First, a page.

Report says inspectors general lack independence, resources

By Robert Brodsky

February 28, 2008

The federal government's top agency watchdogs, appointed to root out waste, fraud and mismanagement, lack the necessary staffing or budget autonomy to retain their independence, according to a report released Thursday by an investigative nonprofit group.

The Project on Government Oversight surveyed 49 inspectors general appointed by the president or agency chiefs to determine whether they have the tools and resources necessary to meet their oversight responsibilities.

The report painted a disturbing picture of IGs pressured by agency heads to keep unflattering reports private; threatened with staffing and budget cuts as retaliation for unwanted investigations; and encumbered by a pair of coordinating councils whose focus appears to be on reconciliation with agency management.

Beverley Lumpkin, a POGO investigator and lead author of the report, said inspectors general were being asked to "cross over an important line" to become team players and work with agency chiefs to solve program management issues.

The report indicated that all IGs were not created equal. Presidentially appointed IGs, who worked for larger agencies and were confirmed by the Senate, generally received more funding than agency-appointed ones, even those with critically important roles.

For example, the inspector general at the Consumer Product Safety Commission -- widely criticized in recent months for failing to prevent harmful toys and pet food from reaching consumers -- has only one staffer, and the Federal Election Commission has just four. Experts consulted by POGO found that IG offices with fewer than six staffers were incapable of exercising independence from parent agencies.

According to the Office of Management and Budget, spending for all IG offices has increased by more 73 percent since 2001, with a nearly 55 percent increase in spending for Cabinet department IG offices.

"Based on the measurable results they are making, IGs are as effective today as they have ever been," said agency spokeswoman Jane Lee. "Inspectors general are continuing to play a critical role in helping federal agencies be successful. They help identify and eliminate waste, fraud and abuse, and are doing so as much today as ever before."

Agency-appointed IGs also were not held to the same hiring standards as those appointed by the president. According to the 1978 Inspector General Act, presidentially appointed IGs are to be appointed "without regard to political affiliation and solely on the basis of integrity and demonstrated ability in accounting, auditing, financial analysis, law, management analysis, public administration, or investigations." The same criteria are not mandated for agency-appointed IGs.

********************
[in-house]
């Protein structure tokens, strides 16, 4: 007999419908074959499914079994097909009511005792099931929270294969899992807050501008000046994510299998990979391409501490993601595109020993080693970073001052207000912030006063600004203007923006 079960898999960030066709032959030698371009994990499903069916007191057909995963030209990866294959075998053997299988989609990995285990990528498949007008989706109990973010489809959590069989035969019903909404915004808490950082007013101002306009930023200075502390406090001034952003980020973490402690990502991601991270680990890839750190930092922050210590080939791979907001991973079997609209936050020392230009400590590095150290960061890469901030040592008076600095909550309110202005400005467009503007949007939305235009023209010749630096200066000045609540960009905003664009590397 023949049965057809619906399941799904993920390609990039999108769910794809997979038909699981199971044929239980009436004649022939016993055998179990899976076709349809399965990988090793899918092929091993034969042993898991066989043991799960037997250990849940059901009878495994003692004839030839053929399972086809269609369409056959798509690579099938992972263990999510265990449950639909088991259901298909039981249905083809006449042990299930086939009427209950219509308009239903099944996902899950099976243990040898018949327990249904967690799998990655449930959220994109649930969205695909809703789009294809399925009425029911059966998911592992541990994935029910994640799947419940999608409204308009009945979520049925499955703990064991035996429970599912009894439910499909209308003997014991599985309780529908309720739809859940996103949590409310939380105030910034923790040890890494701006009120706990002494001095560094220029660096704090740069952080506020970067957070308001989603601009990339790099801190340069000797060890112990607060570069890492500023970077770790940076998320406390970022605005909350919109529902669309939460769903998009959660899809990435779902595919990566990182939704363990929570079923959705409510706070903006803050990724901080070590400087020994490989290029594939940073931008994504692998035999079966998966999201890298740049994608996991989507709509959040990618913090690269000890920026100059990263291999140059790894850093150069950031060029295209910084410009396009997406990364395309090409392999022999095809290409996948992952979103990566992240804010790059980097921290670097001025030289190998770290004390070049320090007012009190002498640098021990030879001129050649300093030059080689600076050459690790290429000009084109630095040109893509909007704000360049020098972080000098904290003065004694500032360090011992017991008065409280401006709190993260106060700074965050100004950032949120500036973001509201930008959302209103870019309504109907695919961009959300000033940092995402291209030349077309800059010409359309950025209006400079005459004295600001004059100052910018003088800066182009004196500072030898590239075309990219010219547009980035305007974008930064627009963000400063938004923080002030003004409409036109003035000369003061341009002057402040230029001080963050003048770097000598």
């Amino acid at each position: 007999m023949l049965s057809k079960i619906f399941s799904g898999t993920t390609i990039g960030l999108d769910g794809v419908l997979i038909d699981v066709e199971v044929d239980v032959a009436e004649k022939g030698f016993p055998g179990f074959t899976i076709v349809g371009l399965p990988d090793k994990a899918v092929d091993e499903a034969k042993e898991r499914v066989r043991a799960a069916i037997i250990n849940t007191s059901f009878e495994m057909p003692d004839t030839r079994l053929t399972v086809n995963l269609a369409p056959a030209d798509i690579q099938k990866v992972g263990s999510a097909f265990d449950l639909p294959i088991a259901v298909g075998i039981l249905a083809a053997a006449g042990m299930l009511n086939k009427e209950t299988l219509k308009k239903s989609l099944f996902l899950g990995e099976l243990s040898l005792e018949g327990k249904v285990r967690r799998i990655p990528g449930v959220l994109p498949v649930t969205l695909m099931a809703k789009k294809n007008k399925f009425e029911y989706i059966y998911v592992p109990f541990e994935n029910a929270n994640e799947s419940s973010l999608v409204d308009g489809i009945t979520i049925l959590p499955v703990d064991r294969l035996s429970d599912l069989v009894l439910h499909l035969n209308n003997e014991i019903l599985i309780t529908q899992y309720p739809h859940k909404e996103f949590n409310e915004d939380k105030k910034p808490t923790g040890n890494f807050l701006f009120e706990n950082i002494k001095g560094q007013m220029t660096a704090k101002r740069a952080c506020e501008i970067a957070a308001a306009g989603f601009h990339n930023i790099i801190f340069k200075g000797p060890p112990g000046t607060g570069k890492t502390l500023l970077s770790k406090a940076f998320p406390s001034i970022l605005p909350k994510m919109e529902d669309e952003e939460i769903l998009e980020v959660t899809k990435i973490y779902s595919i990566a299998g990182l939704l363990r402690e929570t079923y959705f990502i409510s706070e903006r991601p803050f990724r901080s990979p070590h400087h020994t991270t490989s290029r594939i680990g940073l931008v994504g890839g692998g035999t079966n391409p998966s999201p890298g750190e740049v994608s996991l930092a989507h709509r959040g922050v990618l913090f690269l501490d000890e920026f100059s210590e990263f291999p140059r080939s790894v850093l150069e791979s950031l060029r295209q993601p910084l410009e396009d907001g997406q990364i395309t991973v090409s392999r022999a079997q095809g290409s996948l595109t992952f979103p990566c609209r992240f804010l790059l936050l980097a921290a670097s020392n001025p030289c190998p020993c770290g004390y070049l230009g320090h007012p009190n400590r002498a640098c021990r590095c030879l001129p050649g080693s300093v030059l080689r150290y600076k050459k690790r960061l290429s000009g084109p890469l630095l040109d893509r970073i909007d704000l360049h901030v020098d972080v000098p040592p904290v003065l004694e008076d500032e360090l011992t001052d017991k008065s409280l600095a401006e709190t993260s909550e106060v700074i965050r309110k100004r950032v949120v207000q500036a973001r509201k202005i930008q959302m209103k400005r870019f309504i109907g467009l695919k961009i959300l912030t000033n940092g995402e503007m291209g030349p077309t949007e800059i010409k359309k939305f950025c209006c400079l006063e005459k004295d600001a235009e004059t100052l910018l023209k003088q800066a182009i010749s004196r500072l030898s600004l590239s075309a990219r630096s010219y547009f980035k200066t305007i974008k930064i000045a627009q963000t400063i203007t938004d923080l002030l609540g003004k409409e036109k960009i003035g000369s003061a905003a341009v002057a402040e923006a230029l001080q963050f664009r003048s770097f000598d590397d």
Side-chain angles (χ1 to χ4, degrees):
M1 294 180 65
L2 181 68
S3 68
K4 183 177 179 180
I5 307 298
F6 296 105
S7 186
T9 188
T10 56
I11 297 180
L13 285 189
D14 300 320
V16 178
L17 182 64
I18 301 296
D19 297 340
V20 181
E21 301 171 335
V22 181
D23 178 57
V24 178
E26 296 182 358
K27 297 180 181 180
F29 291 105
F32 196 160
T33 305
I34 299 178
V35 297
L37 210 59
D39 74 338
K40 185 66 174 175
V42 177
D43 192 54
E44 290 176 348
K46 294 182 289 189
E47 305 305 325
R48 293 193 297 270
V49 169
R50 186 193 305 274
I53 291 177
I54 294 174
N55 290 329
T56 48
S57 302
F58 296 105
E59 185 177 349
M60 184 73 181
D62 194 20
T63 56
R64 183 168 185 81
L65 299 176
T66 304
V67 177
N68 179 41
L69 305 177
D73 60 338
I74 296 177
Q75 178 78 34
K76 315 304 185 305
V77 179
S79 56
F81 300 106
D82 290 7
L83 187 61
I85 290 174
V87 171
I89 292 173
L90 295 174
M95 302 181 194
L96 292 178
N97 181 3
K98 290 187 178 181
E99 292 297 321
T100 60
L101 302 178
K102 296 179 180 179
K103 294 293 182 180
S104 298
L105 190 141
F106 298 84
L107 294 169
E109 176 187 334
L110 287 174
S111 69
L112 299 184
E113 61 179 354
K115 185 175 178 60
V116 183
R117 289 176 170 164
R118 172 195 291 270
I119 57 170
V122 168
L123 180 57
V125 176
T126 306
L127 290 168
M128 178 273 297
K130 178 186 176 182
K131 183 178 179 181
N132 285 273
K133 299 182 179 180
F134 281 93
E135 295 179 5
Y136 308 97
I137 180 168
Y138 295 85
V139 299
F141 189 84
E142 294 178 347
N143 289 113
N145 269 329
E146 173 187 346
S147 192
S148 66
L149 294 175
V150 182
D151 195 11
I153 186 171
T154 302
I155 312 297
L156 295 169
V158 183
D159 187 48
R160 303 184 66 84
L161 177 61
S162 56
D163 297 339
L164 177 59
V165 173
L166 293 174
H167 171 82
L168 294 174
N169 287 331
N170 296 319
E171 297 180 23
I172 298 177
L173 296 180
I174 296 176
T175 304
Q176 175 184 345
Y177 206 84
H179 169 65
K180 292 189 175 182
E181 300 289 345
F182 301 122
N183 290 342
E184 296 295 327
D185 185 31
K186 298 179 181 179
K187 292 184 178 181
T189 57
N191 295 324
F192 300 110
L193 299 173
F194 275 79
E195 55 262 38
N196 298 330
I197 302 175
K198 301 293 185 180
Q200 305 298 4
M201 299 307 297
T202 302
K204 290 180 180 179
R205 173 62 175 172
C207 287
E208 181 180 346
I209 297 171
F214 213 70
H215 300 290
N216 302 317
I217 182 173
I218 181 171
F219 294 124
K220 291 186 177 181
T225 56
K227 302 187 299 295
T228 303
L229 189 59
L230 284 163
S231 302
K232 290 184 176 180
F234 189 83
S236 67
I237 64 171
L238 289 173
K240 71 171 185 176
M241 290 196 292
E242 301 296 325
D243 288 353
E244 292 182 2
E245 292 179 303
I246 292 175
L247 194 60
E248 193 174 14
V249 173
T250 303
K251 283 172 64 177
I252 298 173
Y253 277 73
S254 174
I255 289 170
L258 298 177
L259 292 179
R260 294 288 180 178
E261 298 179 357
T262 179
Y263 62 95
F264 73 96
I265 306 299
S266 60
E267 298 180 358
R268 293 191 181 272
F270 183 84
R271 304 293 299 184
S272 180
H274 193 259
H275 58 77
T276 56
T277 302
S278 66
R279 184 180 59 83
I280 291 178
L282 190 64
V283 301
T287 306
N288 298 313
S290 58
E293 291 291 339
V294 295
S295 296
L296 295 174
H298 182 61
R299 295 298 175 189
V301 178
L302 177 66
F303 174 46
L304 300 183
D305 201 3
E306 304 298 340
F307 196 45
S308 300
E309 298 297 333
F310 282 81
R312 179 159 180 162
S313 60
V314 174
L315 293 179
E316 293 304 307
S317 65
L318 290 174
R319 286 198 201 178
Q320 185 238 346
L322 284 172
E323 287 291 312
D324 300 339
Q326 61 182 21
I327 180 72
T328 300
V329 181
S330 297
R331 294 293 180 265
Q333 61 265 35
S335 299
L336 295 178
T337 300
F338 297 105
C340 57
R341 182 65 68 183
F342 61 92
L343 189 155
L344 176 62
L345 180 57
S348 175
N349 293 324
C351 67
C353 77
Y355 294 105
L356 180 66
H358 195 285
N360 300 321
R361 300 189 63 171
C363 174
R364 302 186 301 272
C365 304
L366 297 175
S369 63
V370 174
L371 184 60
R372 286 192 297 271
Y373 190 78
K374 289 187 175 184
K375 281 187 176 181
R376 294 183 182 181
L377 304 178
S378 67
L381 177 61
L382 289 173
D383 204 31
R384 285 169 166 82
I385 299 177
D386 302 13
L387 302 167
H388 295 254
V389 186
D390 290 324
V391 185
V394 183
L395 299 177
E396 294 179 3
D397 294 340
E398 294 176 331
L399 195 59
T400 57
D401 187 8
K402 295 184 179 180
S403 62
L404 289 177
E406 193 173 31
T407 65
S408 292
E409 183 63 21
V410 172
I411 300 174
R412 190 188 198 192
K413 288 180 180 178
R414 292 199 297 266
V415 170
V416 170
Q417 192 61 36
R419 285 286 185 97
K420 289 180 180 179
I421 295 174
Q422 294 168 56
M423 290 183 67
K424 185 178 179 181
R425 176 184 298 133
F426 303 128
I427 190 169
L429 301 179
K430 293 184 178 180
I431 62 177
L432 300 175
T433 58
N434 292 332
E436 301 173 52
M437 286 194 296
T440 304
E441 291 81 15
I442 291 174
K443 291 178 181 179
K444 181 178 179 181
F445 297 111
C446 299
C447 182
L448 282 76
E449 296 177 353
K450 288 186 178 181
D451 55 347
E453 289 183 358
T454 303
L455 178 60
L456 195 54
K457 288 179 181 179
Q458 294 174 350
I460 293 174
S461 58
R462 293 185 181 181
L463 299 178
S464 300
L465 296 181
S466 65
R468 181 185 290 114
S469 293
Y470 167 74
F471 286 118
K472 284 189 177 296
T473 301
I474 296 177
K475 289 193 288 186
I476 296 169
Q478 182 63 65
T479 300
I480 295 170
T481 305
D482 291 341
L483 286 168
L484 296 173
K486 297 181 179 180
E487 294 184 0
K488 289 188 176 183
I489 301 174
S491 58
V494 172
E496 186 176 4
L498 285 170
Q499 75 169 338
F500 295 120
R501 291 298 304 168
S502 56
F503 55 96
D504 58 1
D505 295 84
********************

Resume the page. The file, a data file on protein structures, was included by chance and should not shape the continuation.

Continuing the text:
Most of the serious problems with autonomy outlined in the report involved agency-appointed IGs. Many of these offices did not have separate line items in the president's budget, lacked staff auditors and investigators, and were forced to rely on their agency's general counsel -- rather than in-house attorneys -- for legal advice. The only presidentially appointed IG without its own counsel is the Defense Department.

Such a relationship can create an inherent conflict of interest because the general counsel is obliged to protect the agency and its bosses, according to Danielle Brian, POGO's executive director. "The [general counsel] is deciding what can be redacted and what should be released," she said. "It's in their best interest to redact what's embarrassing to the agency."

The survey noted one case in which a general counsel insisted that an IG redact information from a public report. The IG disagreed with the recommendation but felt compelled to oblige.

Some agency-appointed IGs complained they were dependent on the good will of agency chiefs for resources, could spend their office budget only after getting their bosses' approval and had to get permission to post reports on their Web sites. Agency chiefs also reportedly retaliated against IGs by threatening to withhold funds, the survey found.

"One IG said he was told point-blank by his former agency chief that the IG's request for additional funds would not be submitted because the agency chief knew the IG would then hire additional investigators, and the agency chief did not want any more investigations," the report said. "Another IG told POGO he had suffered retaliation from his agency head for an unwanted investigation in the form of the refusal to promote a highly qualified senior member of the IG's staff to fill a vacant Senior Executive Service position."

The report offered more than a dozen recommendations to improve IG independence. Among the suggestions:

Some of POGO's recommendations were included in recent legislation to overhaul the IG Act sponsored by Sen. Claire McCaskill, D-Mo., and Rep. Jim Cooper, D-Tenn. Cooper's legislation passed the full House in October 2007, and McCaskill's bill passed the Committee on Homeland Security and Governmental Affairs in November.

Peg Gustafson, McCaskill's legislative counsel, said she expected to iron out the differences between the two bills in the coming months.

POGO plans to release a companion report examining misconduct and accountability in the IG community later this year.

By Robert Brodsky

February 28, 2008